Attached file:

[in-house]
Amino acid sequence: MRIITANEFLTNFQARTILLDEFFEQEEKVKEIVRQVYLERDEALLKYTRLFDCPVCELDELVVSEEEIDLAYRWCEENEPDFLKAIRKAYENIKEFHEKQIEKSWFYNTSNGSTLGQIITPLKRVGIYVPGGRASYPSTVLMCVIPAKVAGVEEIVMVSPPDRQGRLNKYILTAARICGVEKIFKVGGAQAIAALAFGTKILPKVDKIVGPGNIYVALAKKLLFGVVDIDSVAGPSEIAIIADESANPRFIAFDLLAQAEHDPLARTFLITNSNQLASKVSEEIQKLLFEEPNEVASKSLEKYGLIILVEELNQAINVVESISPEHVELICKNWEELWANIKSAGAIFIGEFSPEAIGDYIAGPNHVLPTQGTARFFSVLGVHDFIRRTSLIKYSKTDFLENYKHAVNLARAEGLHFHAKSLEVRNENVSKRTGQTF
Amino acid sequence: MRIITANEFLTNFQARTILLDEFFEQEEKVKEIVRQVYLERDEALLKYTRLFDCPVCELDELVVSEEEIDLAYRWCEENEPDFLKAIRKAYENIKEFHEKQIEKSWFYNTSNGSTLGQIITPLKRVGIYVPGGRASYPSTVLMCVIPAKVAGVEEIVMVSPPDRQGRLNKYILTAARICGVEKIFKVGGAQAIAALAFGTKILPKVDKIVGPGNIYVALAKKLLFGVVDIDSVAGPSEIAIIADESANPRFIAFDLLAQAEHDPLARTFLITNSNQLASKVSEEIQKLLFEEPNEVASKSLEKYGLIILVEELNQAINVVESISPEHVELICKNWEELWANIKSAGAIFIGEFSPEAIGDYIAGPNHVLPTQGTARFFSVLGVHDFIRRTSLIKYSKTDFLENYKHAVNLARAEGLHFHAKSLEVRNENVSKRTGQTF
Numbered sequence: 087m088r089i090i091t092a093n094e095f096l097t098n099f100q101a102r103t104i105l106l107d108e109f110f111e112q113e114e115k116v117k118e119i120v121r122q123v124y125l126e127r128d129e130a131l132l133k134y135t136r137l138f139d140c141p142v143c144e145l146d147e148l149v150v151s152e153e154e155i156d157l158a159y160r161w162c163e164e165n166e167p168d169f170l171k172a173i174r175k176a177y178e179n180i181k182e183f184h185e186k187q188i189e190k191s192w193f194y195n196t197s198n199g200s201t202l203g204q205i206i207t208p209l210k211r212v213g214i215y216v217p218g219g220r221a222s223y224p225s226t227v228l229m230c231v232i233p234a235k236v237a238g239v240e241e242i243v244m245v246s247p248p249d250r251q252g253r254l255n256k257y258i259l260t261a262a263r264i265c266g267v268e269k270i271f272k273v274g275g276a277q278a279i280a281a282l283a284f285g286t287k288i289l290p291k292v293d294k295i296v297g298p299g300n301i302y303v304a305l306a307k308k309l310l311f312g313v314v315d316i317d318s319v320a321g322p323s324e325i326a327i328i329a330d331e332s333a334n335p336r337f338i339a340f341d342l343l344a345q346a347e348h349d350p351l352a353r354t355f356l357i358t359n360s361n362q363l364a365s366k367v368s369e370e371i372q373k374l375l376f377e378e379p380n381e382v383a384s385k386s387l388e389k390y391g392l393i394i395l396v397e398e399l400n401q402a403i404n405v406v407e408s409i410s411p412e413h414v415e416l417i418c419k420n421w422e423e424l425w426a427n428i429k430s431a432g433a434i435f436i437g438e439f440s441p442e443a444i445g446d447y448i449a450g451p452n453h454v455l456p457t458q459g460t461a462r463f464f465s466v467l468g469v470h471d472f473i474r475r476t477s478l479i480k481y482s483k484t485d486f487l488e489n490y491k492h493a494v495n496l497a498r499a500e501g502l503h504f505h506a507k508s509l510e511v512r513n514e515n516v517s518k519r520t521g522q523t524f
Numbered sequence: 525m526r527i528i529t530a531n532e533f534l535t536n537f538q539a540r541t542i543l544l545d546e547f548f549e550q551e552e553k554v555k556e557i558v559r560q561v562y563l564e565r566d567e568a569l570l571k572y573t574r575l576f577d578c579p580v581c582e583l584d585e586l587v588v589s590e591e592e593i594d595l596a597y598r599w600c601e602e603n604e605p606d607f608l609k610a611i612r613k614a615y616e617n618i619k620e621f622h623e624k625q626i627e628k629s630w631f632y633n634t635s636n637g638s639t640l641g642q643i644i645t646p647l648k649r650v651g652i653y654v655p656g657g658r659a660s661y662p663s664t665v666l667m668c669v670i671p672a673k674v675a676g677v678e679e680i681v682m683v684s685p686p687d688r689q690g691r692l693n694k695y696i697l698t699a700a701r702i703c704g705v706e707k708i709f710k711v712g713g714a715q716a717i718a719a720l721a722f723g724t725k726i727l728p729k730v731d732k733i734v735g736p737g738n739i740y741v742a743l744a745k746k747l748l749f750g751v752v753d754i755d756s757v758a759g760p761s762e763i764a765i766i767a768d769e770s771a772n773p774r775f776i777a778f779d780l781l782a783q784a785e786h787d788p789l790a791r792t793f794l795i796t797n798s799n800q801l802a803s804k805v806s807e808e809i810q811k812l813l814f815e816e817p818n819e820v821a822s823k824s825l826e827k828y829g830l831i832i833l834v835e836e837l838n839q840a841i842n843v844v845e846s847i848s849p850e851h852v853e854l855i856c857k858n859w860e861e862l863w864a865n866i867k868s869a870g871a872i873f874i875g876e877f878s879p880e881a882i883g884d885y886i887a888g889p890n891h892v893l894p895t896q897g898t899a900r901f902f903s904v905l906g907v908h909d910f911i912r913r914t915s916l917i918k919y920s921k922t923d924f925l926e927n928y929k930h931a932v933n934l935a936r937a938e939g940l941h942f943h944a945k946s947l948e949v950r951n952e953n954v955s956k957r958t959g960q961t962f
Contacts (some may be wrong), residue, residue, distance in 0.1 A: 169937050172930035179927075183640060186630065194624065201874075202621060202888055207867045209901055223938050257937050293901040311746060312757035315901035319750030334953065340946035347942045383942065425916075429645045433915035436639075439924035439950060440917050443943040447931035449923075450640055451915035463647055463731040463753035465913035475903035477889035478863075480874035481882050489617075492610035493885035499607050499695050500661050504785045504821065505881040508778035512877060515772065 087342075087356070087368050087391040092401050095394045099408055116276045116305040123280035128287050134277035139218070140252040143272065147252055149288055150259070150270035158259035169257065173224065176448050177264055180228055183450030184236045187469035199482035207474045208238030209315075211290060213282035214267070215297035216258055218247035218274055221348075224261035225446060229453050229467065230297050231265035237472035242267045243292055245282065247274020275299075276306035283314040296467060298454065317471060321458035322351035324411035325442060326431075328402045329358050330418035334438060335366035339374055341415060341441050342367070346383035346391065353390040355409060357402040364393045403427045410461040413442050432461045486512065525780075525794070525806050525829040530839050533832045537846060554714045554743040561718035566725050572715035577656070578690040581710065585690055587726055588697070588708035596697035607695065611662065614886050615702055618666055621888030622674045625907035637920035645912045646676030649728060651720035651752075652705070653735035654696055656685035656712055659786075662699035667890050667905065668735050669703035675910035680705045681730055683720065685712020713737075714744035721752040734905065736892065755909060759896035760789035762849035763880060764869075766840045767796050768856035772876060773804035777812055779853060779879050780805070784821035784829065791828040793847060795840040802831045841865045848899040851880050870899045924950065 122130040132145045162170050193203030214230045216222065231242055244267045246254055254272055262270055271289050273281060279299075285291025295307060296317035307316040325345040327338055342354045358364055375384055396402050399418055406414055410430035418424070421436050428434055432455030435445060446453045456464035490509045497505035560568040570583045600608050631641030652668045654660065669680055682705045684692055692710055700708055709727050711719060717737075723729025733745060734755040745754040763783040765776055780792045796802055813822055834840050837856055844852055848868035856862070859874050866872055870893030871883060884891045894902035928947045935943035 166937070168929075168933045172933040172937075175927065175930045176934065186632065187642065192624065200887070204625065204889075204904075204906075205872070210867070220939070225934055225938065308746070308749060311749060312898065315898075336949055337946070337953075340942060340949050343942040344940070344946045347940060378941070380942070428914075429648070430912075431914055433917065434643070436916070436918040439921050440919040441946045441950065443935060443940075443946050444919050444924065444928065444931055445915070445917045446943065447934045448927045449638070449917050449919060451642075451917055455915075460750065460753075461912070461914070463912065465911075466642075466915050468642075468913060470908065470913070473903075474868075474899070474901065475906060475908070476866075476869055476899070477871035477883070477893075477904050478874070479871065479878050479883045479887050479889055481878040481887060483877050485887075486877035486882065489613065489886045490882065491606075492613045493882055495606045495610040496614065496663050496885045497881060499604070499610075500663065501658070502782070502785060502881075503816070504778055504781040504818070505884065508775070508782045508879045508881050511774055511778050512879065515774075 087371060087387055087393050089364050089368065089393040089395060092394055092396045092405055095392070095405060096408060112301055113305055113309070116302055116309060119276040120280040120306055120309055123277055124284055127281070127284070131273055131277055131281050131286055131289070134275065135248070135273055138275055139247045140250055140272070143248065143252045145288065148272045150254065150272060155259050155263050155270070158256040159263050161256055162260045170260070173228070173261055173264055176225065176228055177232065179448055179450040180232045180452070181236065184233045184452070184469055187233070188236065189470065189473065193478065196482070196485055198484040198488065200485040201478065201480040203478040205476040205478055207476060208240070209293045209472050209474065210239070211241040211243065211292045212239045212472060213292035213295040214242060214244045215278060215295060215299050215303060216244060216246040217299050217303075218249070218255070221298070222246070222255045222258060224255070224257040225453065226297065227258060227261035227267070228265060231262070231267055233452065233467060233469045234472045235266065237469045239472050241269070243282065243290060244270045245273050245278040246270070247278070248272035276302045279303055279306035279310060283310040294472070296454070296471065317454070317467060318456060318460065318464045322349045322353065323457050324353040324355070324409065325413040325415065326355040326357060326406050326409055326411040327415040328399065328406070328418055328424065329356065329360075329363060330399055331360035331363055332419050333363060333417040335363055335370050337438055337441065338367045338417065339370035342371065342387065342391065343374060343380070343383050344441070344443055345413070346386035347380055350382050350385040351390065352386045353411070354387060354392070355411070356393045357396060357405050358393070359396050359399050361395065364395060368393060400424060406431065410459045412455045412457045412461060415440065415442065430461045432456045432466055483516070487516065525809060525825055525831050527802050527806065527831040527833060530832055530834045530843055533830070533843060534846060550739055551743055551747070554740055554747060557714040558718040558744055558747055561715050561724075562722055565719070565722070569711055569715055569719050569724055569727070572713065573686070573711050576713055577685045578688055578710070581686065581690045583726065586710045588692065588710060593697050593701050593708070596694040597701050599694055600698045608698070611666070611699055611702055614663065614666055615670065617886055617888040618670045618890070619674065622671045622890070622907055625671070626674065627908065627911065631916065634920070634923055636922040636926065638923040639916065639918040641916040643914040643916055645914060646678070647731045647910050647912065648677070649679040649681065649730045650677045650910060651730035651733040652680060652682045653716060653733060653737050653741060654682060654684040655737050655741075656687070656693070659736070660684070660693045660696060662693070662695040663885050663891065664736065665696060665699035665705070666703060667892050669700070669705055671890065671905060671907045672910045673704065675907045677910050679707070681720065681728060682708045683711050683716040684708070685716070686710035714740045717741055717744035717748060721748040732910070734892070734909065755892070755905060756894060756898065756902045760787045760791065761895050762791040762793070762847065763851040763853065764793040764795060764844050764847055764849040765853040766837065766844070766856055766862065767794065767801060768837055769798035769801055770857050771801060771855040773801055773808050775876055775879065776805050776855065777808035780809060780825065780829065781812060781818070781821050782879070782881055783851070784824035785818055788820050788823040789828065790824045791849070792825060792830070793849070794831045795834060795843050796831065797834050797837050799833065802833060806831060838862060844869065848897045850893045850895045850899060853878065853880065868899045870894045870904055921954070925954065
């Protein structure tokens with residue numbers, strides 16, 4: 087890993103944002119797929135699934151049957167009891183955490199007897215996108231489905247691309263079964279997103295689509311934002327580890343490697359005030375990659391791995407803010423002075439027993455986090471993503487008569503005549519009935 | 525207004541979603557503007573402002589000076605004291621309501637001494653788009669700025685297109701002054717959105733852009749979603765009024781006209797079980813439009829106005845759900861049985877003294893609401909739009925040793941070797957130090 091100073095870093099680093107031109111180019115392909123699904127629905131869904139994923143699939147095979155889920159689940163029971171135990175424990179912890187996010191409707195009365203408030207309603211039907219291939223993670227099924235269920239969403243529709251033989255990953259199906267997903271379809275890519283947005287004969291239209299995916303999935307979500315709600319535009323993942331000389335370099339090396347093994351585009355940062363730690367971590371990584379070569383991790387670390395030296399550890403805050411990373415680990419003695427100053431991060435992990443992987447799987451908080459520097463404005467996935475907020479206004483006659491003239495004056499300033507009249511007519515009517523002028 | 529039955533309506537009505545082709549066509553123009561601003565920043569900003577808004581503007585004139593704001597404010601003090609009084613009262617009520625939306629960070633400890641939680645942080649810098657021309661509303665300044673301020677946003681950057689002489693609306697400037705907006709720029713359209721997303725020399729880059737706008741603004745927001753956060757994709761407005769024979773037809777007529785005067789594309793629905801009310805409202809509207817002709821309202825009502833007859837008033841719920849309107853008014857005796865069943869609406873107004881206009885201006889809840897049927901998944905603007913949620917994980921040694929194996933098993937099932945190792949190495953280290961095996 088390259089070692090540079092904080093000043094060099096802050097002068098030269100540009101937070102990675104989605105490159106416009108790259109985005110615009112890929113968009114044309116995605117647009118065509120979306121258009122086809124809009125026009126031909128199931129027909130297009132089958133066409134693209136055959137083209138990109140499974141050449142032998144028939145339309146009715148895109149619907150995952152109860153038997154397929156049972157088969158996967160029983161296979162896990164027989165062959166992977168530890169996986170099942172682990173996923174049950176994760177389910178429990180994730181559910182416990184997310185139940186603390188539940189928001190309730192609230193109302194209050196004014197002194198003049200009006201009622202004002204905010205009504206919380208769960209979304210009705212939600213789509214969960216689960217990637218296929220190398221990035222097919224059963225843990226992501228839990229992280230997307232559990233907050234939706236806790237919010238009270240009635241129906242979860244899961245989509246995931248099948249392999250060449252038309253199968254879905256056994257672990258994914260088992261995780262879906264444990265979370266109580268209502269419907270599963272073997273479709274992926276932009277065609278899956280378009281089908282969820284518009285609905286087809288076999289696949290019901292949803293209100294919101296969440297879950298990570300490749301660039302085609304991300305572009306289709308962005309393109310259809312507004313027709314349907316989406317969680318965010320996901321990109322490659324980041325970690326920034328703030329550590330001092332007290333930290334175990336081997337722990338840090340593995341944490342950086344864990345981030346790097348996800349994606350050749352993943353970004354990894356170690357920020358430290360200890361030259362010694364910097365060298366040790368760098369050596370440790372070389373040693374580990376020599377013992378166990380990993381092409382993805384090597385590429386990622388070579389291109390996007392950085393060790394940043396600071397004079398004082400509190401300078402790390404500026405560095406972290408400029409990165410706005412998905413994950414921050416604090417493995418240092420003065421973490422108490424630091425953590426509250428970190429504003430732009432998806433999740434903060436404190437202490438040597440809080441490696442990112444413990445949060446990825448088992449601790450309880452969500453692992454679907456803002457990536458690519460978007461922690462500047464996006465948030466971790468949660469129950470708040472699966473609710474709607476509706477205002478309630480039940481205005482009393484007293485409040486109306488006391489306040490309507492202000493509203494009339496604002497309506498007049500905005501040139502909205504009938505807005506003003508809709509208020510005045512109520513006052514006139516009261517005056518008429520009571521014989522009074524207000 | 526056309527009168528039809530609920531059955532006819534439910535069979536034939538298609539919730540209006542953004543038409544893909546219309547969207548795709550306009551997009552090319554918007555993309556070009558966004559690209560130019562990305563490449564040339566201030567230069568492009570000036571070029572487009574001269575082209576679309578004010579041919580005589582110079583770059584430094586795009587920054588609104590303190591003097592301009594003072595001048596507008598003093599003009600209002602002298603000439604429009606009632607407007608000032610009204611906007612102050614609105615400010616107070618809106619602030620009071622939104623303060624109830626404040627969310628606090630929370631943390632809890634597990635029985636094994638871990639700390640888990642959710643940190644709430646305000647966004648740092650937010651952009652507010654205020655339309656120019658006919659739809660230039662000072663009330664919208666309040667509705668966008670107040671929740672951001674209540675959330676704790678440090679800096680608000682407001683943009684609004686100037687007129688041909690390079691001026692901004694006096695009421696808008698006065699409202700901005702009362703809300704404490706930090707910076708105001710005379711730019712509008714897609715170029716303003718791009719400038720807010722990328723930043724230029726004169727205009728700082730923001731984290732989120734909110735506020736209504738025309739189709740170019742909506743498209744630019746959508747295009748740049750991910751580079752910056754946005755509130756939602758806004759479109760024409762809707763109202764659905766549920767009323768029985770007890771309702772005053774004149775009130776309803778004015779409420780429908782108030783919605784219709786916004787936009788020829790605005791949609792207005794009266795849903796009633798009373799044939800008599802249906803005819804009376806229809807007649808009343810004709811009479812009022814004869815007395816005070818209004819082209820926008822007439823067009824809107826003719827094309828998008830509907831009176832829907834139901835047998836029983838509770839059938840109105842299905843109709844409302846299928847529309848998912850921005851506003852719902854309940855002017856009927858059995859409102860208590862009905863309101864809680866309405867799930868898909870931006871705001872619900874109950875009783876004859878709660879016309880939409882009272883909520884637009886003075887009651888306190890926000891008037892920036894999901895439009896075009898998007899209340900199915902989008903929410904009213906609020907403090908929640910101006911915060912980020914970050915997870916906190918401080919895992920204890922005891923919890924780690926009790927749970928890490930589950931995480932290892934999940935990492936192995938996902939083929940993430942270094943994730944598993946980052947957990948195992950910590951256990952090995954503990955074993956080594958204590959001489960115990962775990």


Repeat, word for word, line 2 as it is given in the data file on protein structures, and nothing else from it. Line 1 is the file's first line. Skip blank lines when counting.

Amino acid sequence: MRIITANEFLTNFQARTILLDEFFEQEEKVKEIVRQVYLERDEALLKYTRLFDCPVCELDELVVSEEEIDLAYRWCEENEPDFLKAIRKAYENIKEFHEKQIEKSWFYNTSNGSTLGQIITPLKRVGIYVPGGRASYPSTVLMCVIPAKVAGVEEIVMVSPPDRQGRLNKYILTAARICGVEKIFKVGGAQAIAALAFGTKILPKVDKIVGPGNIYVALAKKLLFGVVDIDSVAGPSEIAIIADESANPRFIAFDLLAQAEHDPLARTFLITNSNQLASKVSEEIQKLLFEEPNEVASKSLEKYGLIILVEELNQAINVVESISPEHVELICKNWEELWANIKSAGAIFIGEFSPEAIGDYIAGPNHVLPTQGTARFFSVLGVHDFIRRTSLIKYSKTDFLENYKHAVNLARAEGLHFHAKSLEVRNENVSKRTGQTF